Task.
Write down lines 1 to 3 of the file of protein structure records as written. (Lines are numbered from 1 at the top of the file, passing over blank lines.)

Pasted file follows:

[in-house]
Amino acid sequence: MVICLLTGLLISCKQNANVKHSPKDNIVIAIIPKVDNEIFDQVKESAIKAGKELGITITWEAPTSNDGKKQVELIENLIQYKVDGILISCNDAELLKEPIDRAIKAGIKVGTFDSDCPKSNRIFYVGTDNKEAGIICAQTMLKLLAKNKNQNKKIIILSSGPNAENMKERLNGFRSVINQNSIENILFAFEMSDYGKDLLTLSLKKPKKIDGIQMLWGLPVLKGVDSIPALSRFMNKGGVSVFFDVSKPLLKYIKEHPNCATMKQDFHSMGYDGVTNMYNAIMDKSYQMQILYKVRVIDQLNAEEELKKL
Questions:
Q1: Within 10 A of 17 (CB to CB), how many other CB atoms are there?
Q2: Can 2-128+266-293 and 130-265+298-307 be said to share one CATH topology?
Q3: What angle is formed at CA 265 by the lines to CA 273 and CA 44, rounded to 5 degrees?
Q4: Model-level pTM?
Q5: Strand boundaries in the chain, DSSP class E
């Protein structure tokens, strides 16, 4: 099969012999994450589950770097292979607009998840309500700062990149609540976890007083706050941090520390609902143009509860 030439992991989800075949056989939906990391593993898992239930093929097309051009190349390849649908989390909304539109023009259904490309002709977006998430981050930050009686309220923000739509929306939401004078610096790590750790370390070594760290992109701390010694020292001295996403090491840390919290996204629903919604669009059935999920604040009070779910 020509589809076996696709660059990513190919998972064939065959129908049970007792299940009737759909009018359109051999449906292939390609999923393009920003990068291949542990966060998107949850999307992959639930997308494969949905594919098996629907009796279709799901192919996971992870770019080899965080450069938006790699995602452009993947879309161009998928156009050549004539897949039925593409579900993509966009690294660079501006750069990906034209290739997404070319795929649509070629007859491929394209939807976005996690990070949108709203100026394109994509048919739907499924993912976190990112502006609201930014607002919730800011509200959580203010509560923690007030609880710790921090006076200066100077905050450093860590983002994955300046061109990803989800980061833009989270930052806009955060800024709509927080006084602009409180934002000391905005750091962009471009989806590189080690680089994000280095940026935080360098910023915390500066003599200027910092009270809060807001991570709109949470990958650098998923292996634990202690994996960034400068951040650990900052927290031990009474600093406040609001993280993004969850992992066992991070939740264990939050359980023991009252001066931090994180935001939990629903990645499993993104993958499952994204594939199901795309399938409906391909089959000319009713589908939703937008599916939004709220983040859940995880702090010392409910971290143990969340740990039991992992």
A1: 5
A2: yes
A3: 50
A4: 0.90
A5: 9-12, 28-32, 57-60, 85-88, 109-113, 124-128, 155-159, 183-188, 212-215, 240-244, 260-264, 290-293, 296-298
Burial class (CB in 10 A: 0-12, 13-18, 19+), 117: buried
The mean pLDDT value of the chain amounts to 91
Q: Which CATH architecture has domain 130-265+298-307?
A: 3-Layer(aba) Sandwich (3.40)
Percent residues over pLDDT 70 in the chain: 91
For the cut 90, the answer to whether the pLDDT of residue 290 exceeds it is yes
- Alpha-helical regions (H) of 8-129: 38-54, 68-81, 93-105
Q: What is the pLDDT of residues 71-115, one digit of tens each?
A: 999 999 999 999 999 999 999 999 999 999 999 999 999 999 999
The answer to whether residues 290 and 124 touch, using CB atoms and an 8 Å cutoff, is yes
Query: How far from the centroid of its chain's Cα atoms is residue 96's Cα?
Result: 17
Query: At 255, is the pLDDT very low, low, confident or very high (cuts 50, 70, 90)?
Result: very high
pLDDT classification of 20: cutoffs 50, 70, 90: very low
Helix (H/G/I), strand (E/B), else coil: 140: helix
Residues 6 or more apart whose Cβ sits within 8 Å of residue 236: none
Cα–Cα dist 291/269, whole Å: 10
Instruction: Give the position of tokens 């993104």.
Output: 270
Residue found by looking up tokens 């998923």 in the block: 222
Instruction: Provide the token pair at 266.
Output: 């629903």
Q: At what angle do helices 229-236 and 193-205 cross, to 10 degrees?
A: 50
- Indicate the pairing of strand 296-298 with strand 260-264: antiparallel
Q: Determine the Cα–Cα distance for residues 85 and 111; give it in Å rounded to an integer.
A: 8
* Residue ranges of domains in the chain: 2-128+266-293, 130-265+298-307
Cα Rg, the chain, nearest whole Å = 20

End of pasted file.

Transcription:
[in-house]
Amino acid sequence: MVICLLTGLLISCKQNANVKHSPKDNIVIAIIPKVDNEIFDQVKESAIKAGKELGITITWEAPTSNDGKKQVELIENLIQYKVDGILISCNDAELLKEPIDRAIKAGIKVGTFDSDCPKSNRIFYVGTDNKEAGIICAQTMLKLLAKNKNQNKKIIILSSGPNAENMKERLNGFRSVINQNSIENILFAFEMSDYGKDLLTLSLKKPKKIDGIQMLWGLPVLKGVDSIPALSRFMNKGGVSVFFDVSKPLLKYIKEHPNCATMKQDFHSMGYDGVTNMYNAIMDKSYQMQILYKVRVIDQLNAEEELKKL
Questions: